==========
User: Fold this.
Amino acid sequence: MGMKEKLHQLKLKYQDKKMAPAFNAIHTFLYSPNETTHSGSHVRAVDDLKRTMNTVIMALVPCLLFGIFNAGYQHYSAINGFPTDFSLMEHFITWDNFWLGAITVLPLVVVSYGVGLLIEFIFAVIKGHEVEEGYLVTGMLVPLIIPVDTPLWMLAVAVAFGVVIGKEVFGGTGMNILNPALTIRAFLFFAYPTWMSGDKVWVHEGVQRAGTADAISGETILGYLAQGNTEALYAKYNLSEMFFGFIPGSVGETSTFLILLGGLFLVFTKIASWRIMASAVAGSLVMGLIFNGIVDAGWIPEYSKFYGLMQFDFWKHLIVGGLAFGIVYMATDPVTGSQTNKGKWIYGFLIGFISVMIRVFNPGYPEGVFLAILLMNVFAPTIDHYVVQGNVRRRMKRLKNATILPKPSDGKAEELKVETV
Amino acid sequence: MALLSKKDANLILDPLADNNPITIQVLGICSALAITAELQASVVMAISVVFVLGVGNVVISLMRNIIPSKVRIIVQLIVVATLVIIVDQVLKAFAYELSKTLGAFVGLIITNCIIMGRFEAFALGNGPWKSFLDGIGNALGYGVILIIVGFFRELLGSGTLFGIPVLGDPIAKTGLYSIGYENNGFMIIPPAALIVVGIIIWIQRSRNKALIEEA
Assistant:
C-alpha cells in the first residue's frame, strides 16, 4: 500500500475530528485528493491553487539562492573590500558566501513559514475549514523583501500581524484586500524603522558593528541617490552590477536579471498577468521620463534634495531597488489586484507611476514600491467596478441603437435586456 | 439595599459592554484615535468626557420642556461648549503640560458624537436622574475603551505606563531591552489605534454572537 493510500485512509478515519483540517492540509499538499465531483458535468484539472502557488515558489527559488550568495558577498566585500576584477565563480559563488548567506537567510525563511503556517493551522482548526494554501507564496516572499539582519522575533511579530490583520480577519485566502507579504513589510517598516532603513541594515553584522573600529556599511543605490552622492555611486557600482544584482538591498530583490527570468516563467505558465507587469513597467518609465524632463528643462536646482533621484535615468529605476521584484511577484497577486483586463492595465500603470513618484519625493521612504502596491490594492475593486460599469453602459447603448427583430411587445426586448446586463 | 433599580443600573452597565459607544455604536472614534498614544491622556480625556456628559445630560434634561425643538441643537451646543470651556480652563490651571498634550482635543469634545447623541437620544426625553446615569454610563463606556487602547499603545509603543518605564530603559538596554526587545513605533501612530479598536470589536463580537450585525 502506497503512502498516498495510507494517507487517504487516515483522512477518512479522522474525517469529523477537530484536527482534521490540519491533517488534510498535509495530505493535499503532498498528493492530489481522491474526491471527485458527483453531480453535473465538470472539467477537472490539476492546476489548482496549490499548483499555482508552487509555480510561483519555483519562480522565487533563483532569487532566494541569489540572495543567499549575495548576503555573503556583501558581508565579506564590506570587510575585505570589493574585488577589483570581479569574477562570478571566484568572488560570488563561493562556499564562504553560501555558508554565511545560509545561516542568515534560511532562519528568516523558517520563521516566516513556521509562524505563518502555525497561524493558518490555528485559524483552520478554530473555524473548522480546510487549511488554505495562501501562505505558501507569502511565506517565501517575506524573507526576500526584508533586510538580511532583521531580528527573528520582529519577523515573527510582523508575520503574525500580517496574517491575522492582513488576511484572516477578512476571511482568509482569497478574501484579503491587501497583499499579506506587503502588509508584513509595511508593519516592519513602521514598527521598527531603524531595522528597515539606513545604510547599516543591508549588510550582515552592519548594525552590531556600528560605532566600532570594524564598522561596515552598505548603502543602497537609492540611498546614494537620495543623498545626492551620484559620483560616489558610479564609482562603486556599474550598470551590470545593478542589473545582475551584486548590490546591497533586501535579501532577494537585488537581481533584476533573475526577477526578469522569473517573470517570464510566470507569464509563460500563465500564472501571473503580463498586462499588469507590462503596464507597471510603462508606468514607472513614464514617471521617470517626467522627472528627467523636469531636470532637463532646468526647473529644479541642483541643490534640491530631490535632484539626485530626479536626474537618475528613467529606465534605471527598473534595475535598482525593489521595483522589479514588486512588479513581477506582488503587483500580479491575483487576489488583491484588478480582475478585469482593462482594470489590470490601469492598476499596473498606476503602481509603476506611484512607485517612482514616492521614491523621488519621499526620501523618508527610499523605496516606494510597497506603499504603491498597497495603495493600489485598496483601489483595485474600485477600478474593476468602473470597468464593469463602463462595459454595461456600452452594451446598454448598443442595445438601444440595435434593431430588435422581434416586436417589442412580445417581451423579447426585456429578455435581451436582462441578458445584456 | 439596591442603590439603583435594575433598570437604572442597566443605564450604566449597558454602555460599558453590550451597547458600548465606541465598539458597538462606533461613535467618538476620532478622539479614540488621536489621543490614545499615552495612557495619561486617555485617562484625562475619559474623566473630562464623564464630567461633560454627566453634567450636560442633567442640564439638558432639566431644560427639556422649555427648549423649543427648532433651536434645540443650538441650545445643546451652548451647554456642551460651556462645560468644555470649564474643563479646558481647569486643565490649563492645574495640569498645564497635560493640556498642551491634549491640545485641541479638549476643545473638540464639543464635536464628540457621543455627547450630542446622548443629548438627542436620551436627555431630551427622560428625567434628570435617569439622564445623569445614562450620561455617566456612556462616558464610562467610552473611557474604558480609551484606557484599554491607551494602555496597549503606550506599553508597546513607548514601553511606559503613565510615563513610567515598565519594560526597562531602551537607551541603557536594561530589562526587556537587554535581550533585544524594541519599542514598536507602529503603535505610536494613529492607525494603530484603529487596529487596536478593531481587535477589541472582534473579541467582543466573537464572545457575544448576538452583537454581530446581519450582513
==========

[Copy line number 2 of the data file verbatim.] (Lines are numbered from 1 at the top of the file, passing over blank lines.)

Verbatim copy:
Amino acid sequence: MGMKEKLHQLKLKYQDKKMAPAFNAIHTFLYSPNETTHSGSHVRAVDDLKRTMNTVIMALVPCLLFGIFNAGYQHYSAINGFPTDFSLMEHFITWDNFWLGAITVLPLVVVSYGVGLLIEFIFAVIKGHEVEEGYLVTGMLVPLIIPVDTPLWMLAVAVAFGVVIGKEVFGGTGMNILNPALTIRAFLFFAYPTWMSGDKVWVHEGVQRAGTADAISGETILGYLAQGNTEALYAKYNLSEMFFGFIPGSVGETSTFLILLGGLFLVFTKIASWRIMASAVAGSLVMGLIFNGIVDAGWIPEYSKFYGLMQFDFWKHLIVGGLAFGIVYMATDPVTGSQTNKGKWIYGFLIGFISVMIRVFNPGYPEGVFLAILLMNVFAPTIDHYVVQGNVRRRMKRLKNATILPKPSDGKAEELKVETV